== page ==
If I choose life how can I forgive my family for leaving me here, for saying they could not wait with me until the angel stirs the water. How can I forgive my sister for sending her little boy and not coming herself? Who would I belong to if not my friends lying here?

Get up. Take up your bed. And walk.

I felt his hand grip mine. The callouses burned my palm. Something like the first rays of the sun, focused through clouds, shot through my arm, through my belly—I thought I was going to lose my bowels right then—and into my legs. My back. I leaned back and stood. I actually stood up and picked up my bed. I looked around and saw my friends’ eyes—full of hope that he might release them. But the man with the fierce eyes was gone. His absence left a hollow ache, like someone had carved out a hole in my belly. Then I used the soil pot.

I walked out of there as fast as I could, my bed a blessed weight under my arm. But the priests put their hand on my chest. “You’re breaking the law by carrying your bed on the Sabbath.” Their eyes were half open. My bed slipped to the ground. I felt the weight of our law pressing down on me. I felt the weight of Exile, of how the prophet said if we did not honor the Sabbath we would become like a desert. We lost our temple, our promised land, because we did not let the land rest, we did not rest ourselves or care for the poor.

“The man who healed me told me to.” How could I say that he was more stern than the law that said, Keep the Sabbath holy. That I’d better do what he said. But four of them boxed me in. My back began to ache. My legs stiffened. A shot of fear. Would they carry me back to the pool?

“Who is he?” the priest with the slippery eyes leaned in. I could smell his breath—garlic, rotted meat, leavened bread rising. Behind him the sheep protested being plunged in the water and washed. “This man who said take up your bed and walk?”

I shook my head. How could I tell them all I noticed were those eyes, those fearsome eyes, that blazed like the lampstands towering over us, when they are lighted at the end of the feast.

“Do you want to be healed?” he had asked. He smelled like cinnamon and pepper and cut through our stink, all of us unwashed, honey pots next to us. And I wasn’t sure I’d said yes when he reached out his hand.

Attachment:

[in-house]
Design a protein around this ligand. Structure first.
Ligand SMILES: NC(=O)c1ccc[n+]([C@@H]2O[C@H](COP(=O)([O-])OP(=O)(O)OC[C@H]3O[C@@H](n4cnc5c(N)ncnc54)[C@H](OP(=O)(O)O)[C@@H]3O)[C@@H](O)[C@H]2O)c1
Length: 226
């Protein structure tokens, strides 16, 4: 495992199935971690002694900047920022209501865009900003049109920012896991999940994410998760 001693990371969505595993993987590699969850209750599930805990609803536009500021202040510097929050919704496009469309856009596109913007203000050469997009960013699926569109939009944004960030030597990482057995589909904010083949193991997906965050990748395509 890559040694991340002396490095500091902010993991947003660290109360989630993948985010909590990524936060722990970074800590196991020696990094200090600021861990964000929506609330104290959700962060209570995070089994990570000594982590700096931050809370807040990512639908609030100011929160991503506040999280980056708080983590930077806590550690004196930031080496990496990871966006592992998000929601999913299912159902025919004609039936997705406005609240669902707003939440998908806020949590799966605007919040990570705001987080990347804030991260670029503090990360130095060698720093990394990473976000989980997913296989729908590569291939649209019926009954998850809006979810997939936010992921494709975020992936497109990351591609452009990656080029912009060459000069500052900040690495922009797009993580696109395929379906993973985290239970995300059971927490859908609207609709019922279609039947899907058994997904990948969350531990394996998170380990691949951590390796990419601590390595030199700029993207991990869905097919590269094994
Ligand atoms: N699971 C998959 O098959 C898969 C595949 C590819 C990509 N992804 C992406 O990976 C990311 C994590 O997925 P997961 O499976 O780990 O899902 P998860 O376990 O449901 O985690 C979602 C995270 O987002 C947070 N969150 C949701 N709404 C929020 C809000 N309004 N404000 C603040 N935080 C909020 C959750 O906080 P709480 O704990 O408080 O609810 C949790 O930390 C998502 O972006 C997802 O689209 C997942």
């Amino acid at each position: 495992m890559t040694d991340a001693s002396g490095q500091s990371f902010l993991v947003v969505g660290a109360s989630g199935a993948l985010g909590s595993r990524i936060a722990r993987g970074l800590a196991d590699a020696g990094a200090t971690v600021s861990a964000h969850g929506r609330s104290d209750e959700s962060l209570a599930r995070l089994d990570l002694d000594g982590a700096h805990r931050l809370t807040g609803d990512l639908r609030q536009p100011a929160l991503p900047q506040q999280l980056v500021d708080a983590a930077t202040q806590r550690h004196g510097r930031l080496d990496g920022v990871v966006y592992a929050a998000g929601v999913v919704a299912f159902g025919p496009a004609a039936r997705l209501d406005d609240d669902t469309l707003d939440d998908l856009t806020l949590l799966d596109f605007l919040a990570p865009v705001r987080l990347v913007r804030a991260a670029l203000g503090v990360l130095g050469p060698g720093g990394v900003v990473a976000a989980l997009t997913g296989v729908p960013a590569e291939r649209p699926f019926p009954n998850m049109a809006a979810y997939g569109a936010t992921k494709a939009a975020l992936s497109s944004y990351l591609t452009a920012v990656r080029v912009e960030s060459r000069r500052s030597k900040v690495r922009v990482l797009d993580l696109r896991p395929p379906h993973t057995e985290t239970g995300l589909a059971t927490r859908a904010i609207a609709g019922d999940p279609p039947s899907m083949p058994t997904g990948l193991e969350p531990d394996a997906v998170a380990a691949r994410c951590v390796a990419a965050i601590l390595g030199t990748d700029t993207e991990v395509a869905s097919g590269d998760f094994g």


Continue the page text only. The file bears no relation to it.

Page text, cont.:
I don’t know.

What a joy it was to enter the temple. I pushed through the crowd, pushing people aside like branches, looking for the servant girl. I chanted the songs of ascent. I wasn’t ready to walk home to my family.

The man with the fierce eyes touched my shoulder. “See you’ve been made well. Sin no more unless a worse thing comes on you.”

I already know something worse will come. I feel it in the stones. I have heard them say, “We will be thrown down”. I heard the sheep cry out, “Stop, stop sacrificing us.” Something awful is rising. I’m afraid to face it standing on two feet. What will my family say? How will I forgive them?

I pushed through the crowd. “It was Jesus,” I told the priest. Jesus. Their eyes tried to look fierce but they melted into something as murderous as the Roman soldiers beating a woman who stood in their way.

I faded into the crowd. I heard him say, “He who has heard my voice has passed from death to life. Someday the dead will hear my voice. And those who hear will live.” I heard Moses say I set before you life. I set before you death. Choose life.

I walked home. The words of the Rabbi’s prayer came back. “Now I know that the Lord has delivered His anointed one, answering him from His holy heavens with the mighty saving power of His right hand.” His breath settled over me like prayer. I walked past the man with the fierce eyes. His body shredded on a cross. The light gone from his eyes. I wanted to take his hand like he took mine, but it was nailed too high. I looked at the dust. I heard women wailing like the sheep bleating at the pool.